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Giant Stars are a type of star on the Hertzsprung Russel Diagram called AGB or Asymptotic Giant branch stars. They are stars between about 1 or less to 8 times the mass of the… sun that are nearing the end of their life. They can expand up to hundreds of times their original size. Depending on their luminosity, they are marked by a roman numeral 2 or 3 (II or III) in their spectral types. They range in color from red to blue. Our sun will be a red giant when it grows up in 5 billion years.
The most recent estimates place the number of stars in the observable universe at around 1023. That's a 1 with twenty-three zeros after it. More precisely, that would be 100 s…extillion. "The universe is so big, it doesn't even make sense to talk about how big it is."
In the observable universe there are about 80 to 100 billion galaxies with varying numbers of stars in each. A rough mean average for the number of stars per galaxy is 400 bil…lion. It is thought that there are from 30 to 70 billion trillion (i.e. 30 to 70 sextillion) stars in the observable universe. Whilst the estimates differ somewhat, the number of stars seems to be in the sextillions, which is a 1 followed by 21 zeros. There are many reasons why our estimates vary as much as they do. An important point to consider is that when we observe distant objects such as stars, we don't see them as they are now, but as they were in the past. The reason we see into the past as we look out into the universe is because the light we see takes a finite amount of time to reach us. As such, some of the stars we see, particularly those in very distant regions of space (relative to earth), may no longer be counted as stars. Conversely, new stars in distant regions may have already formed but we wouldn't see them until light from those stars reaches us here on earth.
There are about 2,500 stars visible to the naked eye at any one point at any one time on the Earth, and 5,800-8,000 total visible stars. But this is a very tiny fraction… of the stars the Milky Way is thought to have! Astronomers estimate that there are 200 billion to 400 billion stars contained within the Milky Way.
One of the largest stars known is YZ Canis Majoris. It is a Red Hypergiant star estimated to be up to 2,100 times the diameter of the Sun. This gives us a diameter of about 2,…923,200,000 km and an area of 9,183,503,644.97 km2. The earths diameter is 12,742 km and this gives an area of 40,030.17 km2. This means that it would take 229,414.53 earths to make up the area of YZ Canis Majoris.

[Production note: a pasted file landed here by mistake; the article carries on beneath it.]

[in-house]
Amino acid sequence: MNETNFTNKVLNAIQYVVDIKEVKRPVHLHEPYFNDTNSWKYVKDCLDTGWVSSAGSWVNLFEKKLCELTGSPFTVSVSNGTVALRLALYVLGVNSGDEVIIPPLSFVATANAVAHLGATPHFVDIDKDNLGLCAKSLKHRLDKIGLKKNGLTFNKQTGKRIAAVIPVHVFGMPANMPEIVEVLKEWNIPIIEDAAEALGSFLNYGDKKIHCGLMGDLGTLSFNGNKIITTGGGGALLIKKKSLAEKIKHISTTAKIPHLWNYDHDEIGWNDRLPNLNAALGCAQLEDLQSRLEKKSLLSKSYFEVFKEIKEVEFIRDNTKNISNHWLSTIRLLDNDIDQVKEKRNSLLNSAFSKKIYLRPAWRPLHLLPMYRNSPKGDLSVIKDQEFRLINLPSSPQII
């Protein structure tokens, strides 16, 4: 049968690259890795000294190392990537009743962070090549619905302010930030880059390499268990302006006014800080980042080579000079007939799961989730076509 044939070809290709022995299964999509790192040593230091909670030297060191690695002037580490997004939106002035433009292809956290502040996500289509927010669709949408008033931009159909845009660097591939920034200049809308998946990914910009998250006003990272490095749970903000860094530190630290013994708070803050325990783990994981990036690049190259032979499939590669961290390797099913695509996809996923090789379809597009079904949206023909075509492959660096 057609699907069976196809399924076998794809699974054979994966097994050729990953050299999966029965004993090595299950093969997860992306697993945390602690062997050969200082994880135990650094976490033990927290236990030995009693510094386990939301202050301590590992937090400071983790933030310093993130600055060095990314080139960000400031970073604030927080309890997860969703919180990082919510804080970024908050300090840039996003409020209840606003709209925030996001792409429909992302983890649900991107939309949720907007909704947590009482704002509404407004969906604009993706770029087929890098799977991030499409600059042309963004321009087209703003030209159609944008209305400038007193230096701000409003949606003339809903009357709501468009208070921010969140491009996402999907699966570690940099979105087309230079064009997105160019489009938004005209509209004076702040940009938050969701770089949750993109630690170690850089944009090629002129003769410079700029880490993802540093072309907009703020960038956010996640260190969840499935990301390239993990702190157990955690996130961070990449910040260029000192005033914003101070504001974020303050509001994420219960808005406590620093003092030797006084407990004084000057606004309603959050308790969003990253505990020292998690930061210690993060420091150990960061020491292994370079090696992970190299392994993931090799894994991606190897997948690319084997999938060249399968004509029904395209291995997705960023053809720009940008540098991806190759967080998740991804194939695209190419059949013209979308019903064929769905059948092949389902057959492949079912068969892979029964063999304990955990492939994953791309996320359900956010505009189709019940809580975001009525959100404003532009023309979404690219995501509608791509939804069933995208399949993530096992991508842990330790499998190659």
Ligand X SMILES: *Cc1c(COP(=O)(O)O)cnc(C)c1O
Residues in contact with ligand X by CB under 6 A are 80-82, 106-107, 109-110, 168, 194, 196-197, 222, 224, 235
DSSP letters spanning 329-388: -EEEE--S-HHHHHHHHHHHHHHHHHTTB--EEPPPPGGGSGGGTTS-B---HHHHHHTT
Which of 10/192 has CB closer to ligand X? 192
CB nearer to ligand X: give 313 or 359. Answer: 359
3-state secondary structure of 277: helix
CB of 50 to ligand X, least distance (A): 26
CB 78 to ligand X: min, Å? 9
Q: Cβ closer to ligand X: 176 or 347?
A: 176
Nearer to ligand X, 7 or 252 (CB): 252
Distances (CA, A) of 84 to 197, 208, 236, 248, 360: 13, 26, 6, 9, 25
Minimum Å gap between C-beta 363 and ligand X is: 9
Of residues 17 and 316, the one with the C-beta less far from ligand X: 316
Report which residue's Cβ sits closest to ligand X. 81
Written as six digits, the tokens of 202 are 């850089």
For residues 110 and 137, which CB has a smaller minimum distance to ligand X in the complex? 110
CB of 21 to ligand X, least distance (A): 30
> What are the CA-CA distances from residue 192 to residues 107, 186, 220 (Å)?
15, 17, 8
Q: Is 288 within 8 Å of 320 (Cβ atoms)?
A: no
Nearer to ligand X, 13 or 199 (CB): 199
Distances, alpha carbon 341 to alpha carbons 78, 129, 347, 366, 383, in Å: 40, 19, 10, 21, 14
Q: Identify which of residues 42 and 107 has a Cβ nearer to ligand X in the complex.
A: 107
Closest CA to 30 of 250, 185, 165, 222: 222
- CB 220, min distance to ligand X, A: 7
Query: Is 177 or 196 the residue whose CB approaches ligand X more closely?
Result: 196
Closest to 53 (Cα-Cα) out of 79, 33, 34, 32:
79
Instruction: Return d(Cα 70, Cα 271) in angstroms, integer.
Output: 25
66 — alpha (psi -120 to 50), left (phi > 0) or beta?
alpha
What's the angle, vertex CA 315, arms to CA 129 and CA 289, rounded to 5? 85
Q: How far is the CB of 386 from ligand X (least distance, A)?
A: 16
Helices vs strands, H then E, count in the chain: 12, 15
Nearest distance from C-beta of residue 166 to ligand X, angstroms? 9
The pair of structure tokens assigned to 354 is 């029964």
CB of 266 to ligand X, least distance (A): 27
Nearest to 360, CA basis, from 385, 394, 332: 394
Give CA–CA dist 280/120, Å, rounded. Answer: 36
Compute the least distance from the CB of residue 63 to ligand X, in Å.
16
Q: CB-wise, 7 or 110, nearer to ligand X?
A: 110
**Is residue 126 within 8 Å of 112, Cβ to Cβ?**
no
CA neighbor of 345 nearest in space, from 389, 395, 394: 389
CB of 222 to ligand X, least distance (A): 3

Giant balls of gas, mainly hydrogen. The pressures and temperatures are so great that hydrogen atoms can fuse and release huge amounts of energy in nuclear fusion reactions. T…hey can therefore be said to be giant nuclear reactors.
Answer 1: Hundreds of billions of billions. Updated: As of 2009, it was estimated to be around 1023 stars in the observable universe. However, it was recently discovered… that we may have been missing most stars of the red dwarf variety and now it is beginning to look like the 1023 figure would now have to be tripled. So its about.... 3,000,000,000,000,000,000,000,000
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We can't be sure, and we don't even have any good guesses. The current best guess was just recently revised by a factor of three, tripling the number of stars in the universe …to 300 sextillion, or 300,000,000,000,000,000,000,000. The problem is that there are probably more stars even than that, because so many of them (and we CANNOT KNOW how many!) are small, dim red dwarf and brown dwarf stars, which cannot be seen even up close.
They make reasonable estimates, based on the number of galaxies, and the size of a typical galaxy.
The answer has to be estimated; for many reasons no one can ever know the exact numbers, whatever that might mean in this context. Estimates of the number of galaxies in the u…niverse range from about 170 billion to one trillion. One trillion is one thousand millions. Estimates of the number of stars range from around 70 sextillion to 300 sextillion. Seventy sextillion is 7 followed by 22 zeros. 300 sextillion is 3 followed by 23 zeros. Some estimate as high as 10 to the power 24, which is one followed by 24 zeros. You might think that 22, 23 and 24 are small numbers here, until you begin to consider that every single one of them represents a power of ten. The number is far beyond anything that any human mind can grasp on anything close to a practical level.
If the big-bang theory is true, the stars, planets, and other universal bodies were progressively formed, so there were much less stars than we have today, and the fomation of… new stars is compensated by the death of others.
There is no real count because new stars are created from time to time. There are BILLIONS AND BILLIONS (as Carl Sagan might have said). There are billions of stars in our Gal…axy and there are billions of galaxies. We don't have a very precise total. The usual estimate is: at least ten thousand billion billion. That's 1022 in scientific notation.
An average giant galaxy contains a trillion or more stars.